Older man plying piano with young girl and son.
Many seniors can benefit from music therapy. (Credit: Nitat Termmee / Getty Images)

In music, the cover band may not always be as good as the original, but covering music therapy could be a major mental boost for long-term care residents.

Longevity Health Plan now will provide coverage for the platform SingFit, which is offered to 500 senior living and care communities across eight US states.

SingFit is designed to offer therapeutic music for older adults with cognitive and mental impairments such as Alzheimer’s. The platform will be covered under Longevity’s Institutional Special Needs Plan, which is offered to its eligible Medicare-covered residents of skilled nursing facilities, the company announced this week.

Unlike traditional music therapy, SingFit’s users are encouraged to actually do the singing, using the platform for the word cues a la karaoke, SingFit’s website explains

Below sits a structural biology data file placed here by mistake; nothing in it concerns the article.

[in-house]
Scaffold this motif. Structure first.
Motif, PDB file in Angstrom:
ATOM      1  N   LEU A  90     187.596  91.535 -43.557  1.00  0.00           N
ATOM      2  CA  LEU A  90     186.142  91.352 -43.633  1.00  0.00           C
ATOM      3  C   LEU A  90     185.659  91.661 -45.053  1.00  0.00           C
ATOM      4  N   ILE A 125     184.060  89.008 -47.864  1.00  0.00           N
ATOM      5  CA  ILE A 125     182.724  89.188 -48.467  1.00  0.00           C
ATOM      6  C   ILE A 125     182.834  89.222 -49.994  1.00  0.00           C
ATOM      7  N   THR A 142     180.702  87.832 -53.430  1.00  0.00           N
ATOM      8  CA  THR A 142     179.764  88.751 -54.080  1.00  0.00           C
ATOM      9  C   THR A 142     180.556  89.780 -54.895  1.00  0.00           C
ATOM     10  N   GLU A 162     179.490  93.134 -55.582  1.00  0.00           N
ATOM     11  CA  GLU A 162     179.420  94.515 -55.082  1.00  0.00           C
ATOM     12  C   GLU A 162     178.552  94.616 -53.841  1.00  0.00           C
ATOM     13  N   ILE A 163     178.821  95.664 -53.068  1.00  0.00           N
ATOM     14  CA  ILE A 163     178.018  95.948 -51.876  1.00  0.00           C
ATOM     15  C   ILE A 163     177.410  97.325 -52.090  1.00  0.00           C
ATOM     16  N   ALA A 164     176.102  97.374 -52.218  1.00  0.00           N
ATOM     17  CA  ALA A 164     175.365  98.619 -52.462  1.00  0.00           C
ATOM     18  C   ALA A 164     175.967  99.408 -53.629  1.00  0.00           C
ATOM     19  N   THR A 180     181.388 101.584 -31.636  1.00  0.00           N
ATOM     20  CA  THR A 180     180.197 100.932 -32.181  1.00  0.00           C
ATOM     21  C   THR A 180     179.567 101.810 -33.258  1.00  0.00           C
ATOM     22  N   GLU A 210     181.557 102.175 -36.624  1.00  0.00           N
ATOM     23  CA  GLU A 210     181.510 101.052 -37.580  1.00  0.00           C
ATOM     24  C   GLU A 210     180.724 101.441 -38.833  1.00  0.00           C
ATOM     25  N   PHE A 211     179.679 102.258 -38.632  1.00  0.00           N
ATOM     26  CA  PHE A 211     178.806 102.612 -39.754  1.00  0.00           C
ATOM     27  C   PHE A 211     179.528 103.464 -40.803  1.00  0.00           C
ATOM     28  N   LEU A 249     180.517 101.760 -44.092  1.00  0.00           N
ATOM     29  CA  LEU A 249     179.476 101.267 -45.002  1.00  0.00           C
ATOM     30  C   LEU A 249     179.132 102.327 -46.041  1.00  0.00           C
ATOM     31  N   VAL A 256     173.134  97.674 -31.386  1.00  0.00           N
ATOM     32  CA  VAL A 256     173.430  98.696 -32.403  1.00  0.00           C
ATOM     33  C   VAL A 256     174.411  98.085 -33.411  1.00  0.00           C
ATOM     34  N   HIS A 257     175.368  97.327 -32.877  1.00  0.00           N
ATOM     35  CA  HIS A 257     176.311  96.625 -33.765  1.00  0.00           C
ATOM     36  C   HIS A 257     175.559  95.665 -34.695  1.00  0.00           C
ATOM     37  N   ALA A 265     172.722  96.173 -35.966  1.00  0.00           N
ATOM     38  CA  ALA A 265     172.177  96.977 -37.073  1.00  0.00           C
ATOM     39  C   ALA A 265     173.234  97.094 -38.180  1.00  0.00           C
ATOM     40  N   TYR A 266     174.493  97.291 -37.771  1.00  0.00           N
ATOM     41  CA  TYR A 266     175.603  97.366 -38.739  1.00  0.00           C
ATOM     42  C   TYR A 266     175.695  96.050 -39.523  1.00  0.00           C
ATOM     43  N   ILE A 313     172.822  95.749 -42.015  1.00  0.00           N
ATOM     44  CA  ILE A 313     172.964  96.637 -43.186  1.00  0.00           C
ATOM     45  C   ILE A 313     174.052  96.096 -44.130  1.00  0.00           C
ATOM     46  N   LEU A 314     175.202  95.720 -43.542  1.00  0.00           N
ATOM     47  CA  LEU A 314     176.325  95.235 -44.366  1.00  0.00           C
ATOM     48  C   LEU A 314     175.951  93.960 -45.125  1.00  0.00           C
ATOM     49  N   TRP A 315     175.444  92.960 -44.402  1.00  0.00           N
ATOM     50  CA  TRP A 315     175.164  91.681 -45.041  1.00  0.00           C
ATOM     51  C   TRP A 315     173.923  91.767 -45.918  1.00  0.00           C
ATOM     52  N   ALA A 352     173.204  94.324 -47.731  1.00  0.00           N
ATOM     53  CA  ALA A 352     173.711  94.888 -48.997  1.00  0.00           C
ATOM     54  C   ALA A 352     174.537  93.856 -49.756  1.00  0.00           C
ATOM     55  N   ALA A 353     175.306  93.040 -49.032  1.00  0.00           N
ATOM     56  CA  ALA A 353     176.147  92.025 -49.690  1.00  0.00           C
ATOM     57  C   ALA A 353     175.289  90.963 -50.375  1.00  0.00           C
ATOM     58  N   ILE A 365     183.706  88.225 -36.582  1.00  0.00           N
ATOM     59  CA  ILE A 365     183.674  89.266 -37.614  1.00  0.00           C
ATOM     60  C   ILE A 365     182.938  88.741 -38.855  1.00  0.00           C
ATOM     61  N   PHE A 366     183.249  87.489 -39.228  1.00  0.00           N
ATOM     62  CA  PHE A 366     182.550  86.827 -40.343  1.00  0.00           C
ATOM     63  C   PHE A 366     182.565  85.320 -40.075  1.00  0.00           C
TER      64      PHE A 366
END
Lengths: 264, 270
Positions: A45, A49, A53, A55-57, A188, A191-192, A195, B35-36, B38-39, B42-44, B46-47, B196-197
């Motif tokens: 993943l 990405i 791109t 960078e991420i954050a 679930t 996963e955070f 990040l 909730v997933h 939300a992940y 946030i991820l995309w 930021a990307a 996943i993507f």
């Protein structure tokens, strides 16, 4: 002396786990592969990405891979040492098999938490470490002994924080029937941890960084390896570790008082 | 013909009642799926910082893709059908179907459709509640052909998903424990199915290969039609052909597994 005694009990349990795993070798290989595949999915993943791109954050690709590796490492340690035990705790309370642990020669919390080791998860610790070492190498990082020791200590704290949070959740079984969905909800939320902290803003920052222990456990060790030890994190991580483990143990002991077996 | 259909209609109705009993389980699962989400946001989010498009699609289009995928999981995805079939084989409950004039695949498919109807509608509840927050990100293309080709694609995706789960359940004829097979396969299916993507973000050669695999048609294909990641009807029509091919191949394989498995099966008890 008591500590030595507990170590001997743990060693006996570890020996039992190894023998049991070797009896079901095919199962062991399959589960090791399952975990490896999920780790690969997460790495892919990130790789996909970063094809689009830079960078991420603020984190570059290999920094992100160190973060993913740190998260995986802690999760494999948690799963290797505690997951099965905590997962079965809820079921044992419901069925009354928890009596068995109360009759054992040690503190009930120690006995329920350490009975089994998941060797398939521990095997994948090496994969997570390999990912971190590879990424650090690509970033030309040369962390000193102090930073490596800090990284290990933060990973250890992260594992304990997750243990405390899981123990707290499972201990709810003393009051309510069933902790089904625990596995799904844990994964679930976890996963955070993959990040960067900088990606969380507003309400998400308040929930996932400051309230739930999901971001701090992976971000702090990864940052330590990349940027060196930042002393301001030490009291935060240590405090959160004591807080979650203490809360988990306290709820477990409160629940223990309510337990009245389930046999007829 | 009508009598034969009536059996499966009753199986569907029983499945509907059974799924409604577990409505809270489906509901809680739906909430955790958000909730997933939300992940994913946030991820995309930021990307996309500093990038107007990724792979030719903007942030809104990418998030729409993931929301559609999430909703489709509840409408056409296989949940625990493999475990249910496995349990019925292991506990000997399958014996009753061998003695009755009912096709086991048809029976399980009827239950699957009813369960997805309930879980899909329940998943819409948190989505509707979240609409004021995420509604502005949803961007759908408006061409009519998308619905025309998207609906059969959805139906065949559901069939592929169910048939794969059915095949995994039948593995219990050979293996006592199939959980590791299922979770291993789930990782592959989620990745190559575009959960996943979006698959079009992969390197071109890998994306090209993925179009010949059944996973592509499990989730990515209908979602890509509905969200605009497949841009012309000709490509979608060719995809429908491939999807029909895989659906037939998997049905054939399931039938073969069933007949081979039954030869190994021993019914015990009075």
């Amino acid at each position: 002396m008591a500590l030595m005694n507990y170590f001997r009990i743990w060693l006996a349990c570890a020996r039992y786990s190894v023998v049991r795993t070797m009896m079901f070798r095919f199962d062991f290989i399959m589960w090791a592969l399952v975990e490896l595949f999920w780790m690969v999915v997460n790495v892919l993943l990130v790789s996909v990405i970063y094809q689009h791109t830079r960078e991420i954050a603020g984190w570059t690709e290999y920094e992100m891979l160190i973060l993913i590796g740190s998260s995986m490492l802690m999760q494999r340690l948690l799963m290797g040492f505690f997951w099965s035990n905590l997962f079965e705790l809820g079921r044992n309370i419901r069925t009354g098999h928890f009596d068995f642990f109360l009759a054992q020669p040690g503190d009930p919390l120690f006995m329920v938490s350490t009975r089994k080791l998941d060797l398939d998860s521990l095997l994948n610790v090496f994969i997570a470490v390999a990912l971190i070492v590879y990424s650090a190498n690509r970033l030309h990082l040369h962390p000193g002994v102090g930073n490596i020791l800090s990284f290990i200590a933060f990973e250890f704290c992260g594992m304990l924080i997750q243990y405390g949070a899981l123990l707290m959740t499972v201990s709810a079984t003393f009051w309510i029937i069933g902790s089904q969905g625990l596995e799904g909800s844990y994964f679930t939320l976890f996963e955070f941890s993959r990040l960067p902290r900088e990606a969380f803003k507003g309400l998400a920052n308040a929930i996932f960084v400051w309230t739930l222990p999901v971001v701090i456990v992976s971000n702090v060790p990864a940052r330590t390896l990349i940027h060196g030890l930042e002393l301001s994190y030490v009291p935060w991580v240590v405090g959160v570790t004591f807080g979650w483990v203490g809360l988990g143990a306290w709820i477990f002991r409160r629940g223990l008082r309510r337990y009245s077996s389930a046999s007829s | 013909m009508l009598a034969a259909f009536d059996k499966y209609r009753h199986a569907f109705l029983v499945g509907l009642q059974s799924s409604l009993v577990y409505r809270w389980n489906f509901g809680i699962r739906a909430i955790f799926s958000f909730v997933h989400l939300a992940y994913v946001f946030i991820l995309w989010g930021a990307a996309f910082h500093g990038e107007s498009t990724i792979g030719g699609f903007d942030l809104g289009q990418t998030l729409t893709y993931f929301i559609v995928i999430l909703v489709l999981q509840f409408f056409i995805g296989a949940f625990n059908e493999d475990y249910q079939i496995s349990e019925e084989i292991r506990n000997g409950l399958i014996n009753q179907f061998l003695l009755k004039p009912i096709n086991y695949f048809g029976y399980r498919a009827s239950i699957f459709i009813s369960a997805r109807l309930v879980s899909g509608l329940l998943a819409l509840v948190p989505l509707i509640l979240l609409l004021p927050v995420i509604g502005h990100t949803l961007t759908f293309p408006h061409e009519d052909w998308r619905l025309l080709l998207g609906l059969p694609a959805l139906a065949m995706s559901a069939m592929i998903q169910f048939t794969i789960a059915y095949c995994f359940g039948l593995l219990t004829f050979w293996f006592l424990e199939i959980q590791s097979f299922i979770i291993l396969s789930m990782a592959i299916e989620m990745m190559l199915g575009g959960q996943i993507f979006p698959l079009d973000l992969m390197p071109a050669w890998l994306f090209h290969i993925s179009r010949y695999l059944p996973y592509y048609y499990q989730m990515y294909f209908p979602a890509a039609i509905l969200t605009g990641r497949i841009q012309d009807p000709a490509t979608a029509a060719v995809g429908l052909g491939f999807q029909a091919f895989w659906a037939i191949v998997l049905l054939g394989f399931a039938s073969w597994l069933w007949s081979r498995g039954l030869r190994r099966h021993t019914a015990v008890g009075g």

SingFit’s various platform offerings are designed to facilitate the singing either in group settings, or with the aid of a caregiver.

“Longevity’s decision to approve the use of SingFit for its members is a historic moment for those suffering from cognitive issues,” SingFit CEO Rachel Francine said in a statement. “While many national health systems recognize the benefits of music, payers in the US have lagged behind. Longevity’s forward-thinking approach and how they leverage technology through breakthrough programs will accelerate the adoption of music as medicine.”

More senior living and care operators are turning to musical technology to help engage residents, for both therapy and entertainment. 

Wartburg Retirement Communities, which operates in Westchester, NY, recently partnered with Sage Stream to provide live music-focused programming to residents. For more practical purposes, a software system for stroke rehabilitation, InTandem, was released this summer, designed to synchronize users’ movements to a musical cue.

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